5 Tips For Writing Your Oxbridge Personal Statement
Writing an Oxbridge personal statement can seem like an overwhelmingly difficult undertaking, and it is often hard to know where to start. Despite the fact that it was four years ago now that I applied for my degree in Classical Archaeology and Ancient History, I still vividly remember how daunted I was by this task. Thankfully I was given some great tips and after endless drafts managed to survive the application process. Here are some of the main things I learnt along the way.
Focus on the academics. Other universities usually suggest that your personal statement should be three quarters or even two thirds academically focused, and use the last quarter or third to mention your extracurricular activities and other achievements. The best advice I received when applying for Oxford however was that 90% of your focus should be on your interest in the subject itself, and on your academic achievements, and only the last few lines, 10% or so, on your other interests.
A tutor who visited my secondary school told us ‘academics are all a bunch of geeks, and we are looking for people to work with who are as obsessed with the subject as we are!’ She said that often tutors don’t want to see ‘well rounded students’ who spend half their time on other activities, they want to see that most of your focus and dedication is on your academic work, and most of your extra interest goes into researching your subject. It is still impressive to show you can balance your workload with other things and have other talents, so do include these interests at the end, but don’t let this distract your focus away from the main aim: to get a place on a course that you love.
Be selective with what texts you mention, and make sure to include your own opinions. Rather than writing a long list of all the books you have read, to try and show off your wide range of knowledge, instead focus in on a few key texts and how they relate specifically to your interests in the subject, and what opinions you have formed of them. Tutors want to see not just that you can understand large volumes of material but that you can evaluate what you have read, think for yourself and develop your own ideas. In relation to the Ancient History aspect of my degree I carefully chose a range of texts to mention: primary sources which connected to modules I had greatly enjoyed at A level, and also works of modern scholarship which had taken their own stance on these texts. I mentioned plays of Aristophanes I had particularly enjoyed reading in connection with studying the Athenian democracy, and also several texts on Alexander the Great: ancient sources about his campaign but also modern secondary sources with unusual viewpoints. This careful selection of texts really paid off as I was asked about all of them at interview!
Don’t just focus on the reading. Everyone can read around the subject and show an interest in key texts, what can be more difficult is showing your interest in the subject has led you to explore the field in more unusual ways. For the Archaeological aspect of my course this wasn’t too difficult; I discovered the British Museum ran occasional free lunchtime tours and talks, and attended some of these, as well as volunteering for a couple of days at a local archaeological society in Canterbury. Acquiring this more unusual experience showed a much broader interest in the subject. It’s therefore definitely worth looking up any talks or seminars you might be able to attend, or anywhere you could visit in connection with your subject, to give you some more unusual points to include.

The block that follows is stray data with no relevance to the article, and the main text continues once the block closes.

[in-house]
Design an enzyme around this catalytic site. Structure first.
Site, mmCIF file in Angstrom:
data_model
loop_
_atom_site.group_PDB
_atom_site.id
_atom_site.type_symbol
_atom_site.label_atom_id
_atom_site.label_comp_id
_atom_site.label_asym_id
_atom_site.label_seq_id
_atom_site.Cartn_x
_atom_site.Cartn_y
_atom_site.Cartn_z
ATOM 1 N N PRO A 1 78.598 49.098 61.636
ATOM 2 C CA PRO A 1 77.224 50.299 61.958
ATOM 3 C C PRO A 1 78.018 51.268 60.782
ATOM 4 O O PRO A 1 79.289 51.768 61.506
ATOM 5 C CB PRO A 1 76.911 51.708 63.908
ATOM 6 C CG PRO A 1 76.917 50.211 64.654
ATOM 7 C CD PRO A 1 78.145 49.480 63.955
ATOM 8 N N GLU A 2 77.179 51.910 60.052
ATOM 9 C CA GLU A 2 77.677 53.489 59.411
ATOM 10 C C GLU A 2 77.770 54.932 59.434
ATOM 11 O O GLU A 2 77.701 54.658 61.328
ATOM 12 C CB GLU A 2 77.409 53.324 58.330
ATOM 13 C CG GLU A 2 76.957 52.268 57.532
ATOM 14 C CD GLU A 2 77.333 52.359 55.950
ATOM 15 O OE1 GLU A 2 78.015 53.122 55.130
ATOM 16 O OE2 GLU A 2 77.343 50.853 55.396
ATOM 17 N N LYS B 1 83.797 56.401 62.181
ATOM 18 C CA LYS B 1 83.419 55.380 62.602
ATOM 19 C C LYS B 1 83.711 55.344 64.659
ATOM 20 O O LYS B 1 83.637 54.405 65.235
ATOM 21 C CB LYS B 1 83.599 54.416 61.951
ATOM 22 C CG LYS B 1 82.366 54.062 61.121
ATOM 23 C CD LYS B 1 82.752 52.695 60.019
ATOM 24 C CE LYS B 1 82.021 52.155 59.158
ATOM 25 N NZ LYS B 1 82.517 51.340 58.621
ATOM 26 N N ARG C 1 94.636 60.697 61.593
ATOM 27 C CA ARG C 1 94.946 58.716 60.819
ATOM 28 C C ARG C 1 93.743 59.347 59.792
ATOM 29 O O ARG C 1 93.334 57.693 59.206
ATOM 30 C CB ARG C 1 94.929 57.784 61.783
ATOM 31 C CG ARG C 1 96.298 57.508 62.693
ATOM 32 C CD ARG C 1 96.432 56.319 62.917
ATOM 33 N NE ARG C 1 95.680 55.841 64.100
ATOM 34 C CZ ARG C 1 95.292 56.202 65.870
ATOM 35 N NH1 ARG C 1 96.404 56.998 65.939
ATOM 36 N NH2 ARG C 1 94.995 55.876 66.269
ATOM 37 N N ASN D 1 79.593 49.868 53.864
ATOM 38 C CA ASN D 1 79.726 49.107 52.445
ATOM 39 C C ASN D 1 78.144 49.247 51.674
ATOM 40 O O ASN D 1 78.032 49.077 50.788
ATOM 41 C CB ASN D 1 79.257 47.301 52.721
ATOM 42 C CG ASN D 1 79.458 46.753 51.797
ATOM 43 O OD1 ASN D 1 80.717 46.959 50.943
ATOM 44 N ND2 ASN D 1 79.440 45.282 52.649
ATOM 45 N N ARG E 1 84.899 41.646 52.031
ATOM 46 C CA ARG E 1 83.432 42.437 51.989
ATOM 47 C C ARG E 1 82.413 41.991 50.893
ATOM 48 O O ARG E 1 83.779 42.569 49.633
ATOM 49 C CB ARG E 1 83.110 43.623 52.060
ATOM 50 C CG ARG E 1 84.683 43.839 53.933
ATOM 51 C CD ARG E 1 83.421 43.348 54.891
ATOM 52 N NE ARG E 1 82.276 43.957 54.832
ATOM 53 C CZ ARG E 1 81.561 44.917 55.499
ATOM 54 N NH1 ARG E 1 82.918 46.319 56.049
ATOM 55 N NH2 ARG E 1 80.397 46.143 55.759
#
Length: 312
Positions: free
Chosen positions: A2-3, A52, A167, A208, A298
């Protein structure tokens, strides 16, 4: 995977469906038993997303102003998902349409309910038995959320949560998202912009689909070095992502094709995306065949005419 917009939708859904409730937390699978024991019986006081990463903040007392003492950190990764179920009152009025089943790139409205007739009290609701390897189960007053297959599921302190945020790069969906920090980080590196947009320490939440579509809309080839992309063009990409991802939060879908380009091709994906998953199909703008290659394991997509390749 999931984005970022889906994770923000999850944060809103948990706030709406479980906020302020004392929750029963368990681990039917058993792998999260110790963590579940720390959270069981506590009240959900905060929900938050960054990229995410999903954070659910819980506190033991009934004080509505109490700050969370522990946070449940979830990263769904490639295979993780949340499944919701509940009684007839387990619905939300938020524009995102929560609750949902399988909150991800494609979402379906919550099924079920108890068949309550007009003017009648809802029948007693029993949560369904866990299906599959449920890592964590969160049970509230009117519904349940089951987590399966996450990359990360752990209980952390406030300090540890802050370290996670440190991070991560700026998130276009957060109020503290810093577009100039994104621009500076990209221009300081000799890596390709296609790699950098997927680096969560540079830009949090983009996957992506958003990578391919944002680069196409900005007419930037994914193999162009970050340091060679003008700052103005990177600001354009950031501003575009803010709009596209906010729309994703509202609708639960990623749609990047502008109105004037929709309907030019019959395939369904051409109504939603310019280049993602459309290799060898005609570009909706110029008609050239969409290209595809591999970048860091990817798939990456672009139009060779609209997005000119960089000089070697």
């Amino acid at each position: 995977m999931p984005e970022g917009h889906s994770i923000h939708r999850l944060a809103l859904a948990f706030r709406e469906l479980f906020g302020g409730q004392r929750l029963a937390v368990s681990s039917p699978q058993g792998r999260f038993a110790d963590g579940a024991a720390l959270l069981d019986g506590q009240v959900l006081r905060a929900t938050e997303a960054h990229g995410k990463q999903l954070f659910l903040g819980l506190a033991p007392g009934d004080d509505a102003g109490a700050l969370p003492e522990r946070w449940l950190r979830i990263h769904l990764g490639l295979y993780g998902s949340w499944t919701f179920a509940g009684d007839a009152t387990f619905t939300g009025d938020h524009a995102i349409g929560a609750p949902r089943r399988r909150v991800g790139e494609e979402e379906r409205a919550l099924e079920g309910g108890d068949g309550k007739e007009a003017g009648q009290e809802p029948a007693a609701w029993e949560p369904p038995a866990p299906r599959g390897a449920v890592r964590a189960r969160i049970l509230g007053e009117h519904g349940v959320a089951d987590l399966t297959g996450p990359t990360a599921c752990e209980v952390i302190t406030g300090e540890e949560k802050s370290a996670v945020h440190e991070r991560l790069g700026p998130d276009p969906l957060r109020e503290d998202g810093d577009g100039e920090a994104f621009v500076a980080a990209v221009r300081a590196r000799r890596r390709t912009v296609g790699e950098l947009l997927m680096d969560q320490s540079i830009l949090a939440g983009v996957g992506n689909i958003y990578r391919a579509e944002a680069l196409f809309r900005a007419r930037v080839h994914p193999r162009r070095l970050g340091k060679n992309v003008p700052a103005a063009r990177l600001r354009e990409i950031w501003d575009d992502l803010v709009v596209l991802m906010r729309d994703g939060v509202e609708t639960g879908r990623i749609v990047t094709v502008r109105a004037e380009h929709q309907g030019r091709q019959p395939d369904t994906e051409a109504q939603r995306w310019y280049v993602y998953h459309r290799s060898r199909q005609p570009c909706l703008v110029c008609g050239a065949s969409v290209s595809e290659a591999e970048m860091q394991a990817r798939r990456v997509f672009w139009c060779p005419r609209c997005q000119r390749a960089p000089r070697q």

Don’t worry about your other A levels! I know many people, myself included, who panicked when applying to university because they were worried too many of their A levels were irrelevant to what they were applying for. Although there are some courses which do require a specific set of A levels for many, as long as one of your subjects is directly connected to what you intend to study, you can still establish connections to a huge variety of other subjects. Even if you’re applying for a humanities degree, having maths or sciences at A level can demonstrate your skills in logic, reasoning, working methodically through problems, that can demonstrate you would have a fresh approach to looking at texts and arguments in an analytical and objective way.
Finally, don’t panic and don’t try too hard to impress! It can be hugely daunting when you first sit down to try and write your personal statement, and to differentiate yourself from other candidates, and it can be tempting to try and include unusual quotes or other quirky references to stand out. Often however it is much better to simply write a precise account of how you became interested in the subject, why you are so keen on it now, and why this degree in particular is the perfect course for you. The most important thing is to clearly convey your drive to learn, and your enthusiasm and devotion to your chosen area of study, and it is this emphasis which will hopefully lead to an invitation to interview!